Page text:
Date of Award
Executive Doctorate in Business Administration
Dr. Lars Mathiassen
Dr. Mark Keil
Dr. Karen Gibler
This in-depth exploratory case study examines the real estate decision-making processes in four small, charitable organizations through the lens of Actor Network Theory (ANT). While decision-makers in these cases followed logical pathways and criteria in searching for and evaluating alternatives, this investigation also found these processes were often lengthy, complex, bounded rational, and political. The analysis looked at the relative roles played by various internal and external actors (including influential non-human actors such as feasibility studies, renderings, budgets, and plans) and the resulting fragile, but acceptable outcomes. From the presented engaged scholarship, practical implications emerged that can aid nonprofit managers and their boards in their real estate decision-making processes. Lastly, in addition to helping understand the process of creating real estate decisions in the context of nonprofit organizations, the analysis demonstrates how ANT with its focus on how heterogeneous human and non-human actors interact and come together to act as a whole, can be a valuable framework in examining the socio-technical, political process of real estate decision-making.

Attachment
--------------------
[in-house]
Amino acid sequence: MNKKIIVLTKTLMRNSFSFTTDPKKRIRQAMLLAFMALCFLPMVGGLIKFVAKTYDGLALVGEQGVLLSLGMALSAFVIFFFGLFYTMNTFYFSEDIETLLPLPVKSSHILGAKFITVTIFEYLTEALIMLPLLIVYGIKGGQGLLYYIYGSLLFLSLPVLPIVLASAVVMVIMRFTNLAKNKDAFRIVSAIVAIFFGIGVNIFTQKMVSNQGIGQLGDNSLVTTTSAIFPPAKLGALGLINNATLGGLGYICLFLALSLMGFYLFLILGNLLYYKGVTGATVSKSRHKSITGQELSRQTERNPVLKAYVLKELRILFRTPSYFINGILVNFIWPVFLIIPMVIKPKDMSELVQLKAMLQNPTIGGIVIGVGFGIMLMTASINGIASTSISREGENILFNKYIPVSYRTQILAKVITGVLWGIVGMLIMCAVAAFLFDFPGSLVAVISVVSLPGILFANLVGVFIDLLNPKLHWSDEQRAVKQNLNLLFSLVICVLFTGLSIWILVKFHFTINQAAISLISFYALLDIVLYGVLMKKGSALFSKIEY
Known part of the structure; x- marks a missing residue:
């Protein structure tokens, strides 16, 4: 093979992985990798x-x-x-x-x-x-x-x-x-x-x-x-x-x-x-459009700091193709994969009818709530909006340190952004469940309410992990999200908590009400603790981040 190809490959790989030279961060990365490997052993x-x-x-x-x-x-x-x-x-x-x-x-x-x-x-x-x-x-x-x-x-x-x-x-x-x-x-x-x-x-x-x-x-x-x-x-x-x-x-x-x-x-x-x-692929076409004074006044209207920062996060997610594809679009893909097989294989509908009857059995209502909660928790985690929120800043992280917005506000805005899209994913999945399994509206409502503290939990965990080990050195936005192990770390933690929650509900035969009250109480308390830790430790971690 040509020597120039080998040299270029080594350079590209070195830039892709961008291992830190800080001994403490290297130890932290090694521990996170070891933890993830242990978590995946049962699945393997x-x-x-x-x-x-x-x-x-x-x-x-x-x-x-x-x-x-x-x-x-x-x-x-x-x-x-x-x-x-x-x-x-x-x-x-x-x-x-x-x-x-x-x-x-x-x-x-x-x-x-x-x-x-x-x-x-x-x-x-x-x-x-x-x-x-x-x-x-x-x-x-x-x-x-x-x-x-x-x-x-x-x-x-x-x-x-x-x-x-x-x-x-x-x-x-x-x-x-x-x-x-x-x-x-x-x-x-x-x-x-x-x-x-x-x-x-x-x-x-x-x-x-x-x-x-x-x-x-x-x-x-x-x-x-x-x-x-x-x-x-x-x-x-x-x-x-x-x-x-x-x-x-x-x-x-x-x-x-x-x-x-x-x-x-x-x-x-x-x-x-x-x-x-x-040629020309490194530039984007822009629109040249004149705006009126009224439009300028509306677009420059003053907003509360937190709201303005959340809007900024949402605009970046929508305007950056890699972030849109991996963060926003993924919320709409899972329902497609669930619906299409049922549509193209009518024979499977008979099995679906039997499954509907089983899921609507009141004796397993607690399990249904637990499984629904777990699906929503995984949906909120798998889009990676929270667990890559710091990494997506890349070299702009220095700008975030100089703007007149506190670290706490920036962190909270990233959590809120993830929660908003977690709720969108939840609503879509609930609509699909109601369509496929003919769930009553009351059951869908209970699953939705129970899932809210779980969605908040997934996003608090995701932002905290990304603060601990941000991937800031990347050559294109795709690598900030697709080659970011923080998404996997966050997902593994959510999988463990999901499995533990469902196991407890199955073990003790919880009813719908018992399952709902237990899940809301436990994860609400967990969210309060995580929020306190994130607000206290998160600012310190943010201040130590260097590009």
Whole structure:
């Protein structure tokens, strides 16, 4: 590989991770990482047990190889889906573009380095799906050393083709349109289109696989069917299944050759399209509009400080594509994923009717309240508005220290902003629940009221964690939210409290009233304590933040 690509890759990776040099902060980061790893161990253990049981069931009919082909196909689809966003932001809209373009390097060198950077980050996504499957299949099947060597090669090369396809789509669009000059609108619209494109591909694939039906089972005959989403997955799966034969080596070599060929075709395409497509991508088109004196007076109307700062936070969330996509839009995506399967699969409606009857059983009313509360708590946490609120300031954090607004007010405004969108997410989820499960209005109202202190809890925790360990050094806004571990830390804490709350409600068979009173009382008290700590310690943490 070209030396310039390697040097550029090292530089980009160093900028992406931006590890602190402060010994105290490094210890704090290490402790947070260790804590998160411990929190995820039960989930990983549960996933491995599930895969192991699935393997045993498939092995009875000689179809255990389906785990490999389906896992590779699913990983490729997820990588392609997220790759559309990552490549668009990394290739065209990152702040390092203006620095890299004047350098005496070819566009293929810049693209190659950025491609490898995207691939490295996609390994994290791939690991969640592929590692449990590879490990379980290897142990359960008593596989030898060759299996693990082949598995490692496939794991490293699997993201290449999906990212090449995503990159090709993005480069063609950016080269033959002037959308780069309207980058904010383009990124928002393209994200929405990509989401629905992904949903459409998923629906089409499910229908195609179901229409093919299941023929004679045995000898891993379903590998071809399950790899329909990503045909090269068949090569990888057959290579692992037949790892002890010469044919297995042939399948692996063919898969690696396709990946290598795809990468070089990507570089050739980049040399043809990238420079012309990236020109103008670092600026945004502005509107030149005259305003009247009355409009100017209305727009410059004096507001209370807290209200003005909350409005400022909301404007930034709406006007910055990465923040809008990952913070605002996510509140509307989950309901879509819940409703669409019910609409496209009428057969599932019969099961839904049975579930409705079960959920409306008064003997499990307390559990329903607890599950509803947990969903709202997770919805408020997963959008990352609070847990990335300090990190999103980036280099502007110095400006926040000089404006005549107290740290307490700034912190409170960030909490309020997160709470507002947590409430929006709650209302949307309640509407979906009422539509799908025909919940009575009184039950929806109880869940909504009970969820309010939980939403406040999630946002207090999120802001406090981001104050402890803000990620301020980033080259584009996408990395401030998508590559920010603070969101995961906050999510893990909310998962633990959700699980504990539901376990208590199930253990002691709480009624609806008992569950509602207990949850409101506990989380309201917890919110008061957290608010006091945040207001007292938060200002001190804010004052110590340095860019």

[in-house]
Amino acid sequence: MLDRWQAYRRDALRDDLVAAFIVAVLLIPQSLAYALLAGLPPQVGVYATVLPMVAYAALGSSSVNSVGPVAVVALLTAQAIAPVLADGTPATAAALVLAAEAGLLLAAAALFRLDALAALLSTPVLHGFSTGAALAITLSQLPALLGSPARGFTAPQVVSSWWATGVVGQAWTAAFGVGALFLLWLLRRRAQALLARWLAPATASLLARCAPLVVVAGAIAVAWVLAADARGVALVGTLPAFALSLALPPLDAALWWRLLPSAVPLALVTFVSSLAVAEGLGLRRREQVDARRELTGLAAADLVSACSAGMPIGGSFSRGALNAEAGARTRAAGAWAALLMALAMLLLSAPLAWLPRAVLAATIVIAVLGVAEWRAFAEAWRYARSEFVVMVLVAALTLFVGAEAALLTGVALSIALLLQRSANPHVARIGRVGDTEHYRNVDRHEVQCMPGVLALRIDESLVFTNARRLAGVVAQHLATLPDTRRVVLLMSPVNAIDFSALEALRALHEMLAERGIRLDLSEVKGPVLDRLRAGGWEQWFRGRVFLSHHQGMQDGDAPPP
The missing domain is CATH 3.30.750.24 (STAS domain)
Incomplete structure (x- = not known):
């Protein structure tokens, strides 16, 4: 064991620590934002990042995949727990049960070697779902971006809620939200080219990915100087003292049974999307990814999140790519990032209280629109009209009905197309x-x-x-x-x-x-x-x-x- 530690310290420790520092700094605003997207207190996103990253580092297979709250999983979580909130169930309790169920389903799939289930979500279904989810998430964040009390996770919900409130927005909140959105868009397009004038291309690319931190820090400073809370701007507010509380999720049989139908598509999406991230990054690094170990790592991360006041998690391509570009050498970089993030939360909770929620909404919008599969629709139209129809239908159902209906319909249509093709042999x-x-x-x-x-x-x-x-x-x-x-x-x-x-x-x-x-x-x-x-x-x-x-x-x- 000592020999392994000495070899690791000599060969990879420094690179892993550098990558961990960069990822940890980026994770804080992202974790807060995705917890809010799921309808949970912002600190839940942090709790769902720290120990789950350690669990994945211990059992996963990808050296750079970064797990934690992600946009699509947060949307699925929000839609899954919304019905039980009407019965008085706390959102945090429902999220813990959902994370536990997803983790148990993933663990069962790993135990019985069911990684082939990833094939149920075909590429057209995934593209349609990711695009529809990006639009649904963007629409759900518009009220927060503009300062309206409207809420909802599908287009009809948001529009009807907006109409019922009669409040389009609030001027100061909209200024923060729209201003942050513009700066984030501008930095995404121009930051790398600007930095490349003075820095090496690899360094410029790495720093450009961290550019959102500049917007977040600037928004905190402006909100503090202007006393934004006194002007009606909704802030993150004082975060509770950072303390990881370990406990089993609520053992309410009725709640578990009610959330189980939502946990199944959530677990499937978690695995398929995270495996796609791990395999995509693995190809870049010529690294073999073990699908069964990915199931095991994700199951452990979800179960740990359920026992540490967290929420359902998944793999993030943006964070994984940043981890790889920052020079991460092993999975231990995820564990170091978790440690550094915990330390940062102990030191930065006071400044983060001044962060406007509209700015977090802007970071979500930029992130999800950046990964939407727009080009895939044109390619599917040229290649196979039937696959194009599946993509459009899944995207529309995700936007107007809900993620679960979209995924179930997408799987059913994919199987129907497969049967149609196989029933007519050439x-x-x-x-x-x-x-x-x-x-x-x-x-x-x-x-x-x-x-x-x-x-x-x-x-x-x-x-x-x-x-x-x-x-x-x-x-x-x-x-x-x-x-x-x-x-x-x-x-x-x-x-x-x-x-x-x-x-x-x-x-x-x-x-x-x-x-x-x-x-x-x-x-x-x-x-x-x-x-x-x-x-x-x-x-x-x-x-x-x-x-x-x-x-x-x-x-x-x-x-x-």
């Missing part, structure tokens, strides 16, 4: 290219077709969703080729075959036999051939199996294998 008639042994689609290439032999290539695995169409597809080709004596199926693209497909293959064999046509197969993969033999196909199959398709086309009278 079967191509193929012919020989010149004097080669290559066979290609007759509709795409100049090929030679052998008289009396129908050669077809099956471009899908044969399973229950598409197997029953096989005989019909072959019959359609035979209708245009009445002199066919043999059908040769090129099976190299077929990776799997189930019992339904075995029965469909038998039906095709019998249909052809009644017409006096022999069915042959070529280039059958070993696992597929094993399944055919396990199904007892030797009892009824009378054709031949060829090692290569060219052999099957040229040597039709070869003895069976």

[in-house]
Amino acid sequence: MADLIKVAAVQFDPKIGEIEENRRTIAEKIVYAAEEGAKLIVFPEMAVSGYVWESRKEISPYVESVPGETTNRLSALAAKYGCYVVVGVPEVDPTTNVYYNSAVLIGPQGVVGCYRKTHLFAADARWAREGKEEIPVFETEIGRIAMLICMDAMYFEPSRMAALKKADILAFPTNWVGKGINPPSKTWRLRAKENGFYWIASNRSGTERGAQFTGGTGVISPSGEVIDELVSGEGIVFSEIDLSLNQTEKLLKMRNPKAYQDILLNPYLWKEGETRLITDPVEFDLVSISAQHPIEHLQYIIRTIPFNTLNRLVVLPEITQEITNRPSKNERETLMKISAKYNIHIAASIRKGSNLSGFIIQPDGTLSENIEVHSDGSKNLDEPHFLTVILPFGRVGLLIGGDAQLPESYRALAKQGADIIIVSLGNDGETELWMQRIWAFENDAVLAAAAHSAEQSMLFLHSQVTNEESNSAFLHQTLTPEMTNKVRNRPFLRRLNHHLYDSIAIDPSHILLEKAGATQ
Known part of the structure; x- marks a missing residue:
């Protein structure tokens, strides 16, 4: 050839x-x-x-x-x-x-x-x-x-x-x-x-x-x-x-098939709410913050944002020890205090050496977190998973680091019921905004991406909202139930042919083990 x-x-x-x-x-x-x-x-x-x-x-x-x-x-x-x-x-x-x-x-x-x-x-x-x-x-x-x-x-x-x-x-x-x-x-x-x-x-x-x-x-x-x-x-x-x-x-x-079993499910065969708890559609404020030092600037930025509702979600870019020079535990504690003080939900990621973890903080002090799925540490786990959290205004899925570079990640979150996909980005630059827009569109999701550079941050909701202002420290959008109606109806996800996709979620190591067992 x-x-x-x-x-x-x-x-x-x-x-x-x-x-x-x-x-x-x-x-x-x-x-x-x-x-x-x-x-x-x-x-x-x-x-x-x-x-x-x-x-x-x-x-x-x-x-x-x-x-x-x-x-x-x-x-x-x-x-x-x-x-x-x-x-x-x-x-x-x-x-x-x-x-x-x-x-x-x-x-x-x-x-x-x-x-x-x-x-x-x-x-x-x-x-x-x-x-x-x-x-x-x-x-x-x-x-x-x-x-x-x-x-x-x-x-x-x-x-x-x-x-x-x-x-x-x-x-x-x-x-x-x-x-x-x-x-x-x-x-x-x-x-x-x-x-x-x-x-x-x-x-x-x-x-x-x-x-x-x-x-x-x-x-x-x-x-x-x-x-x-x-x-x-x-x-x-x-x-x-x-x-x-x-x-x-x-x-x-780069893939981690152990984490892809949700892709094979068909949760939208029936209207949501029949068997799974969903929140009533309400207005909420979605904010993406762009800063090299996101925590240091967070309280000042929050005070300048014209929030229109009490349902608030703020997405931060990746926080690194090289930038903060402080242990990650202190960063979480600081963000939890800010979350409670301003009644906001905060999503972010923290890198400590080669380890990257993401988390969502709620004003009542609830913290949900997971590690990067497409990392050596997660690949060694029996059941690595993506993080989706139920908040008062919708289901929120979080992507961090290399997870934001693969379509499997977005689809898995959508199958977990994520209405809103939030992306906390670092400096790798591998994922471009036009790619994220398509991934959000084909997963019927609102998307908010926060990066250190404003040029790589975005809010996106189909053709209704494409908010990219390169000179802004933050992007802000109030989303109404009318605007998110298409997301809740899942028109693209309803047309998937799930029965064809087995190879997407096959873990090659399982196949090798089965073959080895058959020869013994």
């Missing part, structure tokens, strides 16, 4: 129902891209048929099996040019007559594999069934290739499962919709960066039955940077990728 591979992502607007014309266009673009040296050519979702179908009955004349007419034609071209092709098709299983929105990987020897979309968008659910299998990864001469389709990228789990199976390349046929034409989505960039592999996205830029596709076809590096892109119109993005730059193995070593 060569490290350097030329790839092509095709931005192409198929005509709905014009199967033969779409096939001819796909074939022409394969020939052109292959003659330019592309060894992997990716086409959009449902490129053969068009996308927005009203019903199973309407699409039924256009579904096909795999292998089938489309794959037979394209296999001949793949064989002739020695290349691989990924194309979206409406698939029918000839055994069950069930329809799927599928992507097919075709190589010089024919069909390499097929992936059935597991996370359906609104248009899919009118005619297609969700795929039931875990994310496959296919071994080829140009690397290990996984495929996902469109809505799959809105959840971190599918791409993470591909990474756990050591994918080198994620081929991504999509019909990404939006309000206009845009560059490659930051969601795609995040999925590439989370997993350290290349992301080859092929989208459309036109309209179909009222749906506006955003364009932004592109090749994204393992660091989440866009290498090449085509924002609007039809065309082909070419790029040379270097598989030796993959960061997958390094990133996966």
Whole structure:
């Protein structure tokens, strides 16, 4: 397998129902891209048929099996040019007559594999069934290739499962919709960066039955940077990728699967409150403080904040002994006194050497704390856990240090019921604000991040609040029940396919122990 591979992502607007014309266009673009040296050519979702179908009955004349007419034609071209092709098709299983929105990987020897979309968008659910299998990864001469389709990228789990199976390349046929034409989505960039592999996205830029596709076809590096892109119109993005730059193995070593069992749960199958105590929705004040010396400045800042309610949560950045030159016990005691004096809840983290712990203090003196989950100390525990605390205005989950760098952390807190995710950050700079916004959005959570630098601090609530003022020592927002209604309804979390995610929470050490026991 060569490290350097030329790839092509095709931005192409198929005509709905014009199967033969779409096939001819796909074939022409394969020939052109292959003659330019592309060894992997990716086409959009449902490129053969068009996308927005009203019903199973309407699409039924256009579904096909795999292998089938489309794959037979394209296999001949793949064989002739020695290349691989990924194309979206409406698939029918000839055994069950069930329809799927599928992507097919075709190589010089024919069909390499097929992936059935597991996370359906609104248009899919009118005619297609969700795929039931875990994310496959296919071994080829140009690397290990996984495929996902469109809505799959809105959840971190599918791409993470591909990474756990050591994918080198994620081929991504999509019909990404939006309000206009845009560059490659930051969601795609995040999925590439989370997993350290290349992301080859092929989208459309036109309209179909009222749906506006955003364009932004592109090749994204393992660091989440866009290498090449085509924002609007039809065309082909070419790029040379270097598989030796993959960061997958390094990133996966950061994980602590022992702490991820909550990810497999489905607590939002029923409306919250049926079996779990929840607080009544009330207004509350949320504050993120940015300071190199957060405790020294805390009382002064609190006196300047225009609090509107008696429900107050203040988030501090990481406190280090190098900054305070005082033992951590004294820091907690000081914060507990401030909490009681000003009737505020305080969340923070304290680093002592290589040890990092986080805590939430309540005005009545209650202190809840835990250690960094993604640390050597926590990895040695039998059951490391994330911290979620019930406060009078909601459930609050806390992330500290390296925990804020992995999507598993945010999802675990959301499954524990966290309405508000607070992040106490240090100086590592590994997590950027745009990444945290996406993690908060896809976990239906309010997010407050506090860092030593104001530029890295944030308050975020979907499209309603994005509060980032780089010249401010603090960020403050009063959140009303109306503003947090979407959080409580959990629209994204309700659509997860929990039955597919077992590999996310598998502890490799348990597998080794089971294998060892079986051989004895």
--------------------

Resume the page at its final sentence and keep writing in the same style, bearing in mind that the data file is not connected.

Grabowski, Louis J., "Real Estate Decision-Making: An Actor Network Theory Analysis of Four, Small Charitable Organizations" (2012). Business Administration Dissertations. Paper 7.